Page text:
It’s time for another retelling of a Portuguese folk tale!
The original translated title is something to brag about when it comes to length : “The Maiden from whose Head Pearls fell on combing herself” and this one is an open proof that sometimes the oral narration of stories ends up getting some parts either jumbled up or rushed, as a key element on this story appears out of nowhere despite being essential to the plot.
Despite that, this story immediately placed irresistible imagery in our heads and there was also the universal tell-tale of envy: Careful to who you trust your good news and beware of ill intentions towards others.
And now, story time!
There was once a woman with a son who was a sailor and a daughter that helped and kept her company.
Alas one day, the woman felt Death’s grasp coming to take her away but before this happened, she called for her daughter.
She gave her a towel and a comb and instructed her to always use these to wipe her body and comb her hair with. After entrusting her with these, the mother passed away.
The maiden obeyed her mother’s wish and whenever she used either the comb or the towel, many pearls would fall from her hair.
She decided to tell her brother and he advised her to keep all the pearls in bunches so he could take them in his next voyage and try to sell them. The girl did as he advised and soon enough the brother left, reaching another country. There he managed to go to a palace with the pearls and unmoving, he didn’t allow anyone but the King to see the pearls. He was truly impressed, not only for their size but also for their quality and the King demanded to know their origin to which the brother confessed and was told to bring his sister to the court. If this tale was true, the King would marry the maiden but if it was not, he would kill the sailor.
The brother, overjoyed, sailed back home and both siblings rejoiced and prepared to go, taking with them the towel and comb. Before they left, the maiden confided to a neighbour how she was to become Queen and the woman begged for a favour: to be taken with her own daughter on the trip as well, so they could become the maiden’s servants. The day of her departure arrived, and they all went aboard the sailor’s boat. The maiden and brother, the neighbour and her daughter.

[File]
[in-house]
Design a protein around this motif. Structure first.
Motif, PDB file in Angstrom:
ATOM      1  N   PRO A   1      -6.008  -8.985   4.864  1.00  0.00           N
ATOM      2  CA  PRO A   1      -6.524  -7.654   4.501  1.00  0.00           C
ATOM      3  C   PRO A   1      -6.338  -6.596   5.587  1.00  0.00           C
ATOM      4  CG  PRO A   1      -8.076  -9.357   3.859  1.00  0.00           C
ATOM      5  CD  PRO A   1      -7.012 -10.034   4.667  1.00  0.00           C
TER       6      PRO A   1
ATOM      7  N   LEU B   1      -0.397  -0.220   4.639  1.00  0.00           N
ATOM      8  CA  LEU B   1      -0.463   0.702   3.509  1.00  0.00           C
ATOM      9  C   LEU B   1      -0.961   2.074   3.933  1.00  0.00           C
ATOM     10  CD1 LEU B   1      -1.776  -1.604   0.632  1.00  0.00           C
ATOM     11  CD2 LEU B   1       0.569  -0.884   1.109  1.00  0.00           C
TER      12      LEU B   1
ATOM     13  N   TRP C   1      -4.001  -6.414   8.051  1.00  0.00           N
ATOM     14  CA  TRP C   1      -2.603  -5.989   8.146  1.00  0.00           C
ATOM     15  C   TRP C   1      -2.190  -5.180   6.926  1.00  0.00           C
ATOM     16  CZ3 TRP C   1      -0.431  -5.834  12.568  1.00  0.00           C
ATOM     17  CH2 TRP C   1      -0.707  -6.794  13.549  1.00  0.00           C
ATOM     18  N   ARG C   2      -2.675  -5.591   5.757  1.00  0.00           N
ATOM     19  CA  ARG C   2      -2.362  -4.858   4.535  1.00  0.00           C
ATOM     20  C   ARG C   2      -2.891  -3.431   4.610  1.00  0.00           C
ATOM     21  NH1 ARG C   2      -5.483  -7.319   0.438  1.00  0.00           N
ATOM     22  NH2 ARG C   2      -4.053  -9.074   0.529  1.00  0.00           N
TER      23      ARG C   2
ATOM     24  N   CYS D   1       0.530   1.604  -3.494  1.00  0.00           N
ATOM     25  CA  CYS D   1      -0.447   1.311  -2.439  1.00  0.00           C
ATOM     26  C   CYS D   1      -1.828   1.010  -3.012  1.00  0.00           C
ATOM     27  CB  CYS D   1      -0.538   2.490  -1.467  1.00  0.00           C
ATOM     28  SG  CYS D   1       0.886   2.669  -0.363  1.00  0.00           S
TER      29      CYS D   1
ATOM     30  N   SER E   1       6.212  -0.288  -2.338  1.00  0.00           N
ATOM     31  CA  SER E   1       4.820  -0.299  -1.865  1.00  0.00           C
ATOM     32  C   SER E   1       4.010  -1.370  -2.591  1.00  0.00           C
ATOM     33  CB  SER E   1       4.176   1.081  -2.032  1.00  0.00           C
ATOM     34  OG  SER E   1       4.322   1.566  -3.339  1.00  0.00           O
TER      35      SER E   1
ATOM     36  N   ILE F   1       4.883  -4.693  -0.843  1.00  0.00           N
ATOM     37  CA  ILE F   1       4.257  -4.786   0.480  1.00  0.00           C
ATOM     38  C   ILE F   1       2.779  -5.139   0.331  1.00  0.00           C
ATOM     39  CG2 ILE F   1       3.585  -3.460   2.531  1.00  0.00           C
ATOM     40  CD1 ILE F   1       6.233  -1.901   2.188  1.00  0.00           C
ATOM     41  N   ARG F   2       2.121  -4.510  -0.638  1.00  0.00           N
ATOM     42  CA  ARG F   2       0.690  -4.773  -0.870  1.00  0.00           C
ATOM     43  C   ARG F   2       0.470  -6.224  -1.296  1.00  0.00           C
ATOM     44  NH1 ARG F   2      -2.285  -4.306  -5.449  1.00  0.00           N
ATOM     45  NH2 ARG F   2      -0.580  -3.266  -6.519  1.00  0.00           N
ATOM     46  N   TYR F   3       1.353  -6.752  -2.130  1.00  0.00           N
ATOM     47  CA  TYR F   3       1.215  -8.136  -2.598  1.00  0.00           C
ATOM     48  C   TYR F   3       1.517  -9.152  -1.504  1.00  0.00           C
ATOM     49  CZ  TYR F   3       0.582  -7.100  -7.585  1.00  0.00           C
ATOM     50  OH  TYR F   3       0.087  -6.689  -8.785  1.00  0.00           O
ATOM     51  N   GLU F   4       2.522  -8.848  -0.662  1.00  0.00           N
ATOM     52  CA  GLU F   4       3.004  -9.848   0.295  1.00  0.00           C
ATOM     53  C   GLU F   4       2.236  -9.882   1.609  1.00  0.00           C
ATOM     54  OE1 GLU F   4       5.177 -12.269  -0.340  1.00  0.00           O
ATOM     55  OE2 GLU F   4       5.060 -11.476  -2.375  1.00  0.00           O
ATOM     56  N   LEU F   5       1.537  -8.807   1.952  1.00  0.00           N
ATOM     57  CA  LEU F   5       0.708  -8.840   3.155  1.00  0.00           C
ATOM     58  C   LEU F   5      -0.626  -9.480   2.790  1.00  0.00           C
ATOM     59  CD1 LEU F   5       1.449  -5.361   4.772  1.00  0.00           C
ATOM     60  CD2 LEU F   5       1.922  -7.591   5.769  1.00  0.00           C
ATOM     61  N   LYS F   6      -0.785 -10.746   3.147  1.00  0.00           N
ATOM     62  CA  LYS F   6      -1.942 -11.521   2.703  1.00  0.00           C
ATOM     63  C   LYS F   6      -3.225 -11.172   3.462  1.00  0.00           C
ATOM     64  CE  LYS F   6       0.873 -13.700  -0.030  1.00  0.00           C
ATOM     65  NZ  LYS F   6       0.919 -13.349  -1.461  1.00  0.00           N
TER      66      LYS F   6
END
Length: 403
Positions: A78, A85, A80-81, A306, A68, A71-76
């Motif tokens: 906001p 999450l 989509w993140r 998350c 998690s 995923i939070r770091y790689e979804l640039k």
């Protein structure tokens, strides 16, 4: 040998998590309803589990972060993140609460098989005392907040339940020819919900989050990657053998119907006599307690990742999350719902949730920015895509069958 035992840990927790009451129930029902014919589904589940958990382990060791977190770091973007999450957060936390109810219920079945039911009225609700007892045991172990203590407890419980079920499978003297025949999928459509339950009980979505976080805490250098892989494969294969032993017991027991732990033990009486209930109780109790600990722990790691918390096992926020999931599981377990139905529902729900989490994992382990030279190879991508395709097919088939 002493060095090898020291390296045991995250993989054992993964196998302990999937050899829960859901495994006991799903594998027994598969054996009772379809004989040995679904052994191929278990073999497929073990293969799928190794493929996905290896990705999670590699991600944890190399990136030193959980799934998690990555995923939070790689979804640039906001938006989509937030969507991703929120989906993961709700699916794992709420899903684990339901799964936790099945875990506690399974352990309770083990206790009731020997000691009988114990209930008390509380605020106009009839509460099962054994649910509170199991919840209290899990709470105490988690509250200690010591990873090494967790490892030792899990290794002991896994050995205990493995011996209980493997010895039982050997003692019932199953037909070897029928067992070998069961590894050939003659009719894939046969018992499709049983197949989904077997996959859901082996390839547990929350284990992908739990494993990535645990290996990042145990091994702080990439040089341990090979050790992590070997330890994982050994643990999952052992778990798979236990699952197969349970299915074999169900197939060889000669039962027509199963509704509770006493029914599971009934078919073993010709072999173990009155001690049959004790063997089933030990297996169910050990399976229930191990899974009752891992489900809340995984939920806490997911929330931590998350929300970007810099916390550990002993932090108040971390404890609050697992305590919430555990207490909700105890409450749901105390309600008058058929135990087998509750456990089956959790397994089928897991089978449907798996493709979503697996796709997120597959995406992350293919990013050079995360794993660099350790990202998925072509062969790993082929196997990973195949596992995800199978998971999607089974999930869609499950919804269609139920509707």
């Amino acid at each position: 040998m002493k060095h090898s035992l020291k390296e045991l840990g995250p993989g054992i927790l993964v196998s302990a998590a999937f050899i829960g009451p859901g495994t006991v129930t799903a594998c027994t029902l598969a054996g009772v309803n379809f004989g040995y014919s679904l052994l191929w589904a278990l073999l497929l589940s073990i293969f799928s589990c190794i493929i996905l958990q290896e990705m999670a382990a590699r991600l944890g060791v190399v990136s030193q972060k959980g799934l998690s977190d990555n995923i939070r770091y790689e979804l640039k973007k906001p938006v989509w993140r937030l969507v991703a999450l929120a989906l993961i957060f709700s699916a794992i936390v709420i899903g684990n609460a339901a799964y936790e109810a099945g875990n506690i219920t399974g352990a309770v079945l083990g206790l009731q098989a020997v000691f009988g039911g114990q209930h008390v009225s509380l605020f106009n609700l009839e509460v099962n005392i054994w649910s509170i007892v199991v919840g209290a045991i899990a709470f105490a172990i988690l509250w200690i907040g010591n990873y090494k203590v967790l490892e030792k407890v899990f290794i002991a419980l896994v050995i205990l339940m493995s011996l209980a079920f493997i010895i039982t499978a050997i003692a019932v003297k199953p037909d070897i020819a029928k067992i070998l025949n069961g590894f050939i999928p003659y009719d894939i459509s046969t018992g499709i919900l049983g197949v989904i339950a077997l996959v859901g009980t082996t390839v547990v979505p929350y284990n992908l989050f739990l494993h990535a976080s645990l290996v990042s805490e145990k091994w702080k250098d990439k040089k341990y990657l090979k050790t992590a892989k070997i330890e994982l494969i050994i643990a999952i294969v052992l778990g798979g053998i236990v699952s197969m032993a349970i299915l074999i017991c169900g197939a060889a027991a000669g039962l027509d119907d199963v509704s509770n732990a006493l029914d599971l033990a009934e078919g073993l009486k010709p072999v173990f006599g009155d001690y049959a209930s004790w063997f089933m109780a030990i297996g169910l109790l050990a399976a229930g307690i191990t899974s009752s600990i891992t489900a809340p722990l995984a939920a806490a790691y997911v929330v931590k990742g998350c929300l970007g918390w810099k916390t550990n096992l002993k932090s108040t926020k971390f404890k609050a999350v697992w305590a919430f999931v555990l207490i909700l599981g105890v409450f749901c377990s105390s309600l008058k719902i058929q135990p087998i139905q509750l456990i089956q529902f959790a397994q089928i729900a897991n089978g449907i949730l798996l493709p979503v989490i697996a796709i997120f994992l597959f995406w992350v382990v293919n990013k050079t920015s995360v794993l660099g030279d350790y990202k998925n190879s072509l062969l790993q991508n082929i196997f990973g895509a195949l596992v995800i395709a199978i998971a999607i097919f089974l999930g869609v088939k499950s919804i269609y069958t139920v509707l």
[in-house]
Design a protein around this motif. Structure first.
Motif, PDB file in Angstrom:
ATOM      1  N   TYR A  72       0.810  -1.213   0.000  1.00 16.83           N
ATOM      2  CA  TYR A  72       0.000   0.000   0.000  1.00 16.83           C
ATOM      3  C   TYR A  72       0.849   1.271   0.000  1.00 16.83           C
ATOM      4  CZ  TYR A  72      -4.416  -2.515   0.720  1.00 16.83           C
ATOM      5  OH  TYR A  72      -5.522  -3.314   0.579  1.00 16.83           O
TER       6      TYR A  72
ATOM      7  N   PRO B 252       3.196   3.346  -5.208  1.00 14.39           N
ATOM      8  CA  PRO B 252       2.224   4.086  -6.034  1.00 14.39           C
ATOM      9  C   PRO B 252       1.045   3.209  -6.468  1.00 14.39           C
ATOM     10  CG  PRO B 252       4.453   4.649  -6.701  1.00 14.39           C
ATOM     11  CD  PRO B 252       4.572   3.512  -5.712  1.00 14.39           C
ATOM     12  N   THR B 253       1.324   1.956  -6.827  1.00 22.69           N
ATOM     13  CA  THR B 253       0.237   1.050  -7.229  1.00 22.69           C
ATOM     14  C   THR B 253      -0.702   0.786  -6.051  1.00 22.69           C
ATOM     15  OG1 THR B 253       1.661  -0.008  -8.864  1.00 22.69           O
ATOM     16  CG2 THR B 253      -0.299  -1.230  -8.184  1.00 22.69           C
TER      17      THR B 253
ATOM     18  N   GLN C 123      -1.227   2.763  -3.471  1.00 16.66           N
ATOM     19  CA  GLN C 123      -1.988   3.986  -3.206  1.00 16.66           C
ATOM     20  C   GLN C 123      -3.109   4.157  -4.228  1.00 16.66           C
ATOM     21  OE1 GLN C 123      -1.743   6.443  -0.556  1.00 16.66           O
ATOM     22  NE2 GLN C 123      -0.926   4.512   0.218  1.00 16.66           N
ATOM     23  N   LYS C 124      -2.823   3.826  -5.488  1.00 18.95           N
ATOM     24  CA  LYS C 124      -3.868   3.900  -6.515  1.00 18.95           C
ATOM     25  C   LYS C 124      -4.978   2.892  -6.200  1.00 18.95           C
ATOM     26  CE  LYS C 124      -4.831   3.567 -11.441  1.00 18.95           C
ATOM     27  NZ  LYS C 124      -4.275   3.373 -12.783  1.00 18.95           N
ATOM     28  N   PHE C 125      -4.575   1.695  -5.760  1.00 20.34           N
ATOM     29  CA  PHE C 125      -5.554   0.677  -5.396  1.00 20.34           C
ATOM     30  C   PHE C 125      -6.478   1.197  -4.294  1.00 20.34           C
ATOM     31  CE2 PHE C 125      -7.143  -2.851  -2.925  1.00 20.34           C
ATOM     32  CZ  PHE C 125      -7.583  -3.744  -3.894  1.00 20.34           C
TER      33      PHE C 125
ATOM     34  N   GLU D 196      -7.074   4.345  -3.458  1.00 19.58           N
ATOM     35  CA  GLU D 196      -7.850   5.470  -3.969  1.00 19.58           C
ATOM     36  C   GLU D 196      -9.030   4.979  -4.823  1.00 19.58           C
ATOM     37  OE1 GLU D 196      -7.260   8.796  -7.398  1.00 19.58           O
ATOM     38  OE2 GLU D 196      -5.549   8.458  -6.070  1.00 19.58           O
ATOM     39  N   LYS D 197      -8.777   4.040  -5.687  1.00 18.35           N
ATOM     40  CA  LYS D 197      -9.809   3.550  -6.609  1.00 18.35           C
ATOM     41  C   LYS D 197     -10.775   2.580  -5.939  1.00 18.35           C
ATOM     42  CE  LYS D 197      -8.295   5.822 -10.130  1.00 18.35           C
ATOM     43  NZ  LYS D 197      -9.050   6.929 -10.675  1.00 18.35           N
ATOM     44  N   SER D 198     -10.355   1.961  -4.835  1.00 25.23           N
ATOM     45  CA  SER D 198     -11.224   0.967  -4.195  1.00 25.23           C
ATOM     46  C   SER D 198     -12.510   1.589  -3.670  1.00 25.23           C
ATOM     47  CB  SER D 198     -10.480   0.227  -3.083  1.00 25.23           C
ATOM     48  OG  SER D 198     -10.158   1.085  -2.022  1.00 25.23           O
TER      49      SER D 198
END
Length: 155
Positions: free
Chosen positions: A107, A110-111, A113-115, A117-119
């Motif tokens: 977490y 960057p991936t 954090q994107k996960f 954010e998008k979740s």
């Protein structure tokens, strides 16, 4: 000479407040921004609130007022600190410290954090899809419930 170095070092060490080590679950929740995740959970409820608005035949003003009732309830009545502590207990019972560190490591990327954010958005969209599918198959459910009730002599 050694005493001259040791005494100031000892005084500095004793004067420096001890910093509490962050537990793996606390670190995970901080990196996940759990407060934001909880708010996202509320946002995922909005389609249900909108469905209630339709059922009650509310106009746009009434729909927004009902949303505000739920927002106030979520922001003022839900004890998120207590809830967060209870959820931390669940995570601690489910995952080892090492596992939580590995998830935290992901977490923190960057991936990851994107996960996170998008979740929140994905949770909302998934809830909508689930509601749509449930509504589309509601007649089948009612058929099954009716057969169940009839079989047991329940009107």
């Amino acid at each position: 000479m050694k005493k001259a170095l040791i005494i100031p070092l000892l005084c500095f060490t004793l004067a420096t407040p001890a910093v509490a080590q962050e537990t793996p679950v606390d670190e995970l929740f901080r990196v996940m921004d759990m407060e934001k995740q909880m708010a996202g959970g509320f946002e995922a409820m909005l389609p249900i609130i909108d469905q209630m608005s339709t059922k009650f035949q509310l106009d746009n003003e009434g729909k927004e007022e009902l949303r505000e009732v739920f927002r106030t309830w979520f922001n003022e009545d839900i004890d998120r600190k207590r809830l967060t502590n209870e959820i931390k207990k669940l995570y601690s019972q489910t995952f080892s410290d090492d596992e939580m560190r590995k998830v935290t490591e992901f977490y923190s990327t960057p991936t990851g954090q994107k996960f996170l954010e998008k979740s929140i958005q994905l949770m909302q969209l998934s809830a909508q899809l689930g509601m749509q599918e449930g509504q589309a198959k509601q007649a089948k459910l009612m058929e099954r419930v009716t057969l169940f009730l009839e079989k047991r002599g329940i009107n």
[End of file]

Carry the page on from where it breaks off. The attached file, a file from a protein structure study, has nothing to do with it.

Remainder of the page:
However, while at sea, the neighbour began giving small dosages of poison to the maiden, making her fall ill, much to her brother’s despair who checked on her everyday, anxious in hope to see her recover. But one day, the dosage of poison was too much and the maiden remained in a death-like state. Stricken with grief, her brother threw her body into the sea, as that was the custom, crying how wretched and unfortunate he was, specially as he too would soon be dead.
The wily neighbour advised him to pass off her own daughter as his sister, and despite expressing his fear that the comb and towel wouldn’t work on someone else, he was reassured by the woman that it would work in the King’s presence.
Despite this confidence, after using the comb and towel, the only thing that fell from the girl’s head was scurf. Angry, the King shouted for the young sailor to be taken to prison and afterwards put to death.
As the events were unfolding, one of the King’s servants had gone fishing to the shore and was astonished to find a beached whale, dead and yet moving and inside, a voice begging to be let out. Cutting it open, the servant pulled out the maiden and took her inside the castle, taking her to a room where he told her to stay hidden. The maiden confided in him about her tragic fate at sea and how the whale had saved her and in return, the servant told her all the things the neighbour had been up to, presenting her daughter under false pretences to the King and how her actions had condemned her brother. And like this, the maiden was kept safe inside the room.
She looked out of her window everyday towards the prison where her brother was and on one occasion, she saw a small female dog who had belonged to herself and her brother called Cylindra. The maiden asked how her brother was and the dog replied: “Today the crier publishes his sentence for the first time!”. On the next day, after being asked again, the dog announced: “Today it’s the second time!”.
The servant heard this and decided to tell the King, who wanted to observe this for himself, so he hid beneath her window, to hear her question the dog about her brother’s destiny.
Cylindra soon came and replied to the same question: “Today is when the execution will be published for the last time!” Which meant that the brother would soon be killed.
As he heard this, the King was convinced that this was the real sailor’s sister and ordered both to be brought before him, with the towel and the comb.
On seeing the maiden, he ordered her to wipe her face with the towel and right away a torrent of pearls fell onto the floor. Then the King asked the maiden to use the comb and immediately large and rare pearls started falling too.
The King then commanded the wily neighbour and daughter to be put to death and he married the maiden, and that way the brother had the great honour to be brother in law to the King.
Oh Cylindra, such an important factor and you were almost brushed aside. So many questions though… How did you get to that country? Did you all sail together? Did you get seasick? Did you have an accent?
Hopefully, from now on you will be included and celebrated as the outstanding talking dog and only character with a name in this story. Cylindra deserved her own story, that’s for sure.